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The craft of bookbinding has only recently come under attention as an art form; historically not viewed very highly a great many excellent bindings have been lost over the years as valuable books are re-bound without placing importance on also preserving their binding.

The art form came into demand with the rise of printing in the 15th century. In the 16th century most patrons of printed books would commission the binding separately, having purchased their book unbound.


Types of bindings

Coptic Binding

A simple, early period style

Limp Binding

Done in two major ways, either sewn onto supports or 'ledger sewn' straight to the binding, this is the most popular style of binding done in the Middle Kingdom.

Hard Binding

Technically similar to limp binding sewn onto supports, the text block is sewn to hard wooden boards, often covered in leather or vellum.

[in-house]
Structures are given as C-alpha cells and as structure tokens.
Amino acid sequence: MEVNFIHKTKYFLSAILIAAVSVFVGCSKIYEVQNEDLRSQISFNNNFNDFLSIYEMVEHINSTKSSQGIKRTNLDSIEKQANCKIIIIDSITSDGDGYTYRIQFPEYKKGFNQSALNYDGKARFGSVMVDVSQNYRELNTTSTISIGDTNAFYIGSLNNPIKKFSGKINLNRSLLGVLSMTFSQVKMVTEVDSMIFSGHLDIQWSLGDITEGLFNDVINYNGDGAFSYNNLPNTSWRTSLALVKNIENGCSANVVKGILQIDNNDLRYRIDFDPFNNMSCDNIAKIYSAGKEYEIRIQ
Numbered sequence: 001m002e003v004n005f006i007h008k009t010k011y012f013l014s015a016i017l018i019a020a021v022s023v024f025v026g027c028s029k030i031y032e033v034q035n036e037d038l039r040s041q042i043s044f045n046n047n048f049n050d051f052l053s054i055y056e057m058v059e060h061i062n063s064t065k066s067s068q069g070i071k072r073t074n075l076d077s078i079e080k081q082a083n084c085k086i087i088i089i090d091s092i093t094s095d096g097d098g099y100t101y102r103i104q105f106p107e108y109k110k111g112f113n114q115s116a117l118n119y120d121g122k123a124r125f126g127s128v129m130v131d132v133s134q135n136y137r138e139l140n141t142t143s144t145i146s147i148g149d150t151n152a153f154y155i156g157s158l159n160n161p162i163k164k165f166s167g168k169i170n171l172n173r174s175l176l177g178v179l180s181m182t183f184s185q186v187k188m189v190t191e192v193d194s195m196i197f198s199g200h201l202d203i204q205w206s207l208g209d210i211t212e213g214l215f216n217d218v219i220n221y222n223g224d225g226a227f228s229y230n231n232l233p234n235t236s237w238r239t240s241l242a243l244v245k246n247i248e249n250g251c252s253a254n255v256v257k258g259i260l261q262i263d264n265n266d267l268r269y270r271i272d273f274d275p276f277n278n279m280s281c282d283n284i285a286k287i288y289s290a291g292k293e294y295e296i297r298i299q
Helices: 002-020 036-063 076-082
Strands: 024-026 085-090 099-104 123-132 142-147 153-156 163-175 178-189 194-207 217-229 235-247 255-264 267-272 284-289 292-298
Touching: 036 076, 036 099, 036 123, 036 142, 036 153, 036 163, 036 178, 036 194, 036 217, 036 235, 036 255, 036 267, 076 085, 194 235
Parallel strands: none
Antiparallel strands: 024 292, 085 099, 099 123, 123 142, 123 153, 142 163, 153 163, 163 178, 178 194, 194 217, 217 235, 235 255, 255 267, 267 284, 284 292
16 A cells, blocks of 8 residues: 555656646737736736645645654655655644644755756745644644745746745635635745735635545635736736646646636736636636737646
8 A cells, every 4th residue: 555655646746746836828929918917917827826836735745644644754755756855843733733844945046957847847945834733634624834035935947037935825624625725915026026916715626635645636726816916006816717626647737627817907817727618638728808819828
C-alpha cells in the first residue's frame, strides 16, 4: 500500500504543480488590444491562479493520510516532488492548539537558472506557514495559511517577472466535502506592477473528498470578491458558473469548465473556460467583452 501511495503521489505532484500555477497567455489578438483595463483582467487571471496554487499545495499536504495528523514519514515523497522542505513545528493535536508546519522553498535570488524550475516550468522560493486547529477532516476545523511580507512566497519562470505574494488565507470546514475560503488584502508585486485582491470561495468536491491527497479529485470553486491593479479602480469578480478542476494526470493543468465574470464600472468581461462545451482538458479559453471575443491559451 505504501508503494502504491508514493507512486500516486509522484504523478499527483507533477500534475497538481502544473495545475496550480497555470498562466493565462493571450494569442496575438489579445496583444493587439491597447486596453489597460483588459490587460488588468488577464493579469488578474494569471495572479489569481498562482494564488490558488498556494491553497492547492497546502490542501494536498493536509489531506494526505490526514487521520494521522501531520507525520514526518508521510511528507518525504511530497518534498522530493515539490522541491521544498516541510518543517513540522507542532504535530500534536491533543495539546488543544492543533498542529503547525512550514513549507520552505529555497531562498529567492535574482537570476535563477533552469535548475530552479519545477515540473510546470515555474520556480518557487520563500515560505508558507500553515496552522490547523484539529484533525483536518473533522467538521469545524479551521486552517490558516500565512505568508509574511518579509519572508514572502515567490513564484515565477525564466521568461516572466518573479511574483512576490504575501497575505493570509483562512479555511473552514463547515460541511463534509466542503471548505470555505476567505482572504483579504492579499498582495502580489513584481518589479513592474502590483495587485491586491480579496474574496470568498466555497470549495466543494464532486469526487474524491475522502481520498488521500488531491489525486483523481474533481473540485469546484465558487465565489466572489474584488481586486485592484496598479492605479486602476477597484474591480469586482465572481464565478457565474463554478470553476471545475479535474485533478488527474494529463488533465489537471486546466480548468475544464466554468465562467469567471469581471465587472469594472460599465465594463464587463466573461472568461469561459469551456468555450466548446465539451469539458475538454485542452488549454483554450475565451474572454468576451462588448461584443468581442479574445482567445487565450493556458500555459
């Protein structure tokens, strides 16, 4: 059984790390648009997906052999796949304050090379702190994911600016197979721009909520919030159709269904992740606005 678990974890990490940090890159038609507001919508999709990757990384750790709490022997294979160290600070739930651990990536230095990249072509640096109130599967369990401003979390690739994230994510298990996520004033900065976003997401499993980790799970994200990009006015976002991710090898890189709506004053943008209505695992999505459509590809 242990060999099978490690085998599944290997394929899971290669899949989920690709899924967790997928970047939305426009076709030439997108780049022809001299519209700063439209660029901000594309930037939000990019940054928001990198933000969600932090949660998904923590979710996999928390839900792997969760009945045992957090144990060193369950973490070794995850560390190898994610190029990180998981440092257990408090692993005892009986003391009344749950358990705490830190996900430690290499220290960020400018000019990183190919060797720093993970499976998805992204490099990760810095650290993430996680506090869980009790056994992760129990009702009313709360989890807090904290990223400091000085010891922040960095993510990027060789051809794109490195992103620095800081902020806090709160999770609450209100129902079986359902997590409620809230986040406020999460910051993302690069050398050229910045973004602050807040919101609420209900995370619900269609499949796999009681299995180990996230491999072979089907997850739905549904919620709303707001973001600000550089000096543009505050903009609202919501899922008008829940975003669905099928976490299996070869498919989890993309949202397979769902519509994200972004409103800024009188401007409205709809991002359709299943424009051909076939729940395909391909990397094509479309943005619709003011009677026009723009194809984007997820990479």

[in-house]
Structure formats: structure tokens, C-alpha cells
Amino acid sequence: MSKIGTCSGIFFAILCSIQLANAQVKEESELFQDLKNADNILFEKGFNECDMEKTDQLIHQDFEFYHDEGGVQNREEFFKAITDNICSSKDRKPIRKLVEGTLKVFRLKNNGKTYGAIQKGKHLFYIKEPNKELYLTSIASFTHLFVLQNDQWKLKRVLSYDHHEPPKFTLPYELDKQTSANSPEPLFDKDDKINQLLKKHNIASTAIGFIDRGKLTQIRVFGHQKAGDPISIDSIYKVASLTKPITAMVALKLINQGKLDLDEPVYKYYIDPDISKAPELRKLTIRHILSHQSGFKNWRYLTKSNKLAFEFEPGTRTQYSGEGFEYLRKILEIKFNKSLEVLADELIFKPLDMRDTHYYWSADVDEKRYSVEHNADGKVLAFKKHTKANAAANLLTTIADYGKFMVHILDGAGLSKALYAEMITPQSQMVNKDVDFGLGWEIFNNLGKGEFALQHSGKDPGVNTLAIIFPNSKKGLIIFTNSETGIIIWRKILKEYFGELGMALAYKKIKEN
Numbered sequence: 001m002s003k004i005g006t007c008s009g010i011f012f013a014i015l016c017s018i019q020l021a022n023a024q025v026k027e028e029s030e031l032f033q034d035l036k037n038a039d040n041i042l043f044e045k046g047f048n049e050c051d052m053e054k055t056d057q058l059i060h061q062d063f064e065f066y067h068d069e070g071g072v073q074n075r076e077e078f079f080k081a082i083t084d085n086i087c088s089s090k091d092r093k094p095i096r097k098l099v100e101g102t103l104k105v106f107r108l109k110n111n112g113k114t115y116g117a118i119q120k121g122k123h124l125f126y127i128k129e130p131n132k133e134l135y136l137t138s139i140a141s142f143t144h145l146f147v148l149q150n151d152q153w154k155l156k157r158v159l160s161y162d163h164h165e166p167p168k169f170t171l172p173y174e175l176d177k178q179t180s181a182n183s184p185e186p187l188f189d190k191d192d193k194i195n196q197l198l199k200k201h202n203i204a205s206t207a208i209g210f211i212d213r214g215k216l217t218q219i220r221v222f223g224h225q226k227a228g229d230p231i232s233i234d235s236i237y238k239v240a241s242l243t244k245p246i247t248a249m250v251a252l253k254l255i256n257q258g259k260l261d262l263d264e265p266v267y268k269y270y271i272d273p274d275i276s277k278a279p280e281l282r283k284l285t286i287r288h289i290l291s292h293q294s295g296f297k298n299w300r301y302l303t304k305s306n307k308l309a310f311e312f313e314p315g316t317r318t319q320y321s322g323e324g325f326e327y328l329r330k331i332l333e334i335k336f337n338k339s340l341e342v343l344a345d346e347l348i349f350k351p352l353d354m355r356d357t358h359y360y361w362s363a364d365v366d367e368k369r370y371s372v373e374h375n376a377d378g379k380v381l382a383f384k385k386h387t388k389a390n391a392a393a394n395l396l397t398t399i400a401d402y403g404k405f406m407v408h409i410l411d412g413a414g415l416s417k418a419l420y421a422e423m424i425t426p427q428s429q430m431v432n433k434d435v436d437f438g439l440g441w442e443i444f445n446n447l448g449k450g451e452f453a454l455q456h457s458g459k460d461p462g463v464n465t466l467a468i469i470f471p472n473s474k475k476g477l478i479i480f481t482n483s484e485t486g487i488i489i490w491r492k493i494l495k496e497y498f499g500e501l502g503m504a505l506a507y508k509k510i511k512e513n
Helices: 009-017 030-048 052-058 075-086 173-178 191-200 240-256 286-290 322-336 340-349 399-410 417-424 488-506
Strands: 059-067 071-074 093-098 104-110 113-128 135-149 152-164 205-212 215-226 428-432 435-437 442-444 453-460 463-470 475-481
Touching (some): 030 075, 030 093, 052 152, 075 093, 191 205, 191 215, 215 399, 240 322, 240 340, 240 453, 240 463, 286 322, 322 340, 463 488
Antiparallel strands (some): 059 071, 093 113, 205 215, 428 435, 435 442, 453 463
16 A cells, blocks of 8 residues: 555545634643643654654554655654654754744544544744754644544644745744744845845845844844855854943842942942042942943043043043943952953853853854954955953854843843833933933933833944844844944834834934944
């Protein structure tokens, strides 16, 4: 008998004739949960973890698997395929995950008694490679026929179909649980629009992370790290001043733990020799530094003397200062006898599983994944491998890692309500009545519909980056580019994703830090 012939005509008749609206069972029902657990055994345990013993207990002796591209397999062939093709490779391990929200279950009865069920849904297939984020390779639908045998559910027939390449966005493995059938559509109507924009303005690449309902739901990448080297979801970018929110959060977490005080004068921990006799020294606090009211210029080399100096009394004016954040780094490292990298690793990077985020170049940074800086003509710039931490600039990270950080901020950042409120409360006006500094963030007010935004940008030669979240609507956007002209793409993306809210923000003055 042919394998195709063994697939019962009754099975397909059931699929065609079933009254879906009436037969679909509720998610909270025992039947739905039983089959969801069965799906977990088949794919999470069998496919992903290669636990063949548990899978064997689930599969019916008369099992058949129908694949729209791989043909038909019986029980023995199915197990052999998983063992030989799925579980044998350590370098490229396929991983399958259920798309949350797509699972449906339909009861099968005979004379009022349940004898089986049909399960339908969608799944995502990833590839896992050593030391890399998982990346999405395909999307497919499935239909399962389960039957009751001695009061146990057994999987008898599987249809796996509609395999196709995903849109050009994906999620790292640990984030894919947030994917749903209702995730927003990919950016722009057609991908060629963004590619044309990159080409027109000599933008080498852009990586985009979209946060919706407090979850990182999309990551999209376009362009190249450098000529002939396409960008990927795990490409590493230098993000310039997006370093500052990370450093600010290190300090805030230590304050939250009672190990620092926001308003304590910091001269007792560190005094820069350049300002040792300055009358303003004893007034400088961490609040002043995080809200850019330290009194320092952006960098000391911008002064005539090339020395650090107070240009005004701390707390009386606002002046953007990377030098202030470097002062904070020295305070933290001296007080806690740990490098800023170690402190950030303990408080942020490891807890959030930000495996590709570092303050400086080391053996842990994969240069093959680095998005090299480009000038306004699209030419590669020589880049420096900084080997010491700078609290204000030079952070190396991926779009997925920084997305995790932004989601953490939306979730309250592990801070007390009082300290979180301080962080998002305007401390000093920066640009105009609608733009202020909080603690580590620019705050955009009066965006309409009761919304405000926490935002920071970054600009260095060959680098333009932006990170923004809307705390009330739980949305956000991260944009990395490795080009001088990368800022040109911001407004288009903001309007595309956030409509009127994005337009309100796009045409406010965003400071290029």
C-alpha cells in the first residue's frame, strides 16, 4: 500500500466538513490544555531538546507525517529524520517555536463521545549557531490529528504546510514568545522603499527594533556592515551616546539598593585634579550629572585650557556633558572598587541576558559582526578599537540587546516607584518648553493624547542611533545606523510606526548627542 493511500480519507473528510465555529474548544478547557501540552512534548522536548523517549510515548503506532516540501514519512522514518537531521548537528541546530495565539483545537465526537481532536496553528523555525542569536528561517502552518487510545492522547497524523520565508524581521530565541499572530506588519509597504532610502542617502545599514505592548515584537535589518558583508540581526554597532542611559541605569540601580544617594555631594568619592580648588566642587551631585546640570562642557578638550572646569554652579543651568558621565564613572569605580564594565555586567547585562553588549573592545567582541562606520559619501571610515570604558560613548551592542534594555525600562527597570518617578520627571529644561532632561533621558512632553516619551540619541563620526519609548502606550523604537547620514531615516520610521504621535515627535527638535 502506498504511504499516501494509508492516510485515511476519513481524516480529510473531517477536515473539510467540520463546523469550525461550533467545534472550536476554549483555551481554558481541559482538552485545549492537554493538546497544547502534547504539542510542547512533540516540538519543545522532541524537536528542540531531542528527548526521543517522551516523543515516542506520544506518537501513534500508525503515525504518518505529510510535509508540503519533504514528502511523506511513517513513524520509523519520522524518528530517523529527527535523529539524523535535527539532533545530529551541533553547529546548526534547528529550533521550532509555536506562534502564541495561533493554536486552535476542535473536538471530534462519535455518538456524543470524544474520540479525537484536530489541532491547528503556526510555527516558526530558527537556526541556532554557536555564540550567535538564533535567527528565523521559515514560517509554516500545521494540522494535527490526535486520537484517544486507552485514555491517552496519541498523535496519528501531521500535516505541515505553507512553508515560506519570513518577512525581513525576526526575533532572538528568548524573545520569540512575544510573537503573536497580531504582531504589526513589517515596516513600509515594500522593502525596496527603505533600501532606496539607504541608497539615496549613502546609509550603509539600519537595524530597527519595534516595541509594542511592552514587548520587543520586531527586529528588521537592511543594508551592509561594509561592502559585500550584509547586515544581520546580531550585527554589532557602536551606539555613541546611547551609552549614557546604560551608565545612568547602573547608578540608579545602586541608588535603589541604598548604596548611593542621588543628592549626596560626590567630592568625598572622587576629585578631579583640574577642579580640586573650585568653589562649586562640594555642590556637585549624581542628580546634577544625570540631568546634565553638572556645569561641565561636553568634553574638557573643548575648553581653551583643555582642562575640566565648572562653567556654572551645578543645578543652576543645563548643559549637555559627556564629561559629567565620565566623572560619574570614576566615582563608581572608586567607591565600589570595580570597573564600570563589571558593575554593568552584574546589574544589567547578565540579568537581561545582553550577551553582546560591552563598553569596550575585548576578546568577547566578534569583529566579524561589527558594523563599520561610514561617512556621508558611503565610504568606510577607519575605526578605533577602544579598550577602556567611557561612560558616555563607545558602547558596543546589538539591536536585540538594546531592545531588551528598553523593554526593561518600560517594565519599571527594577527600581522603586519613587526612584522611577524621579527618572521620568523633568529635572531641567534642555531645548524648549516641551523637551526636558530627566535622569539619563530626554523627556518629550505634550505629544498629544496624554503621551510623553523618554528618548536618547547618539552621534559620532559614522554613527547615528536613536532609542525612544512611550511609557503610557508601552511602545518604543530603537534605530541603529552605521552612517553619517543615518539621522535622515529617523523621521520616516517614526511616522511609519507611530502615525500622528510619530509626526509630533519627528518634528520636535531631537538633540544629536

Anderson, Priscilla “Fifteenth-Century Bookbinding Structure in Italy and the Neatherlands: A Survey of Manuscripts and Printed Books” in The Book and Paper Group Annual, Vol 18, The American Institute for Conservation 1999.

Foot, Mirjam, ed. Eloquent Witnesses: Bookbindings and Their History British Library. New Castle Delaware Oak Knoll Press 2004

Marks, P.J.M. The British Library Guide to Bookbinding Toronto, Buffalo University of Toronto Press, 1998

Young, Laura S. Bookbinding & Conservation by Hand: A Working Guide Oak Knoll Press, New Castle, Delaware 1995

Website: - The British Library database of Bookbinding.

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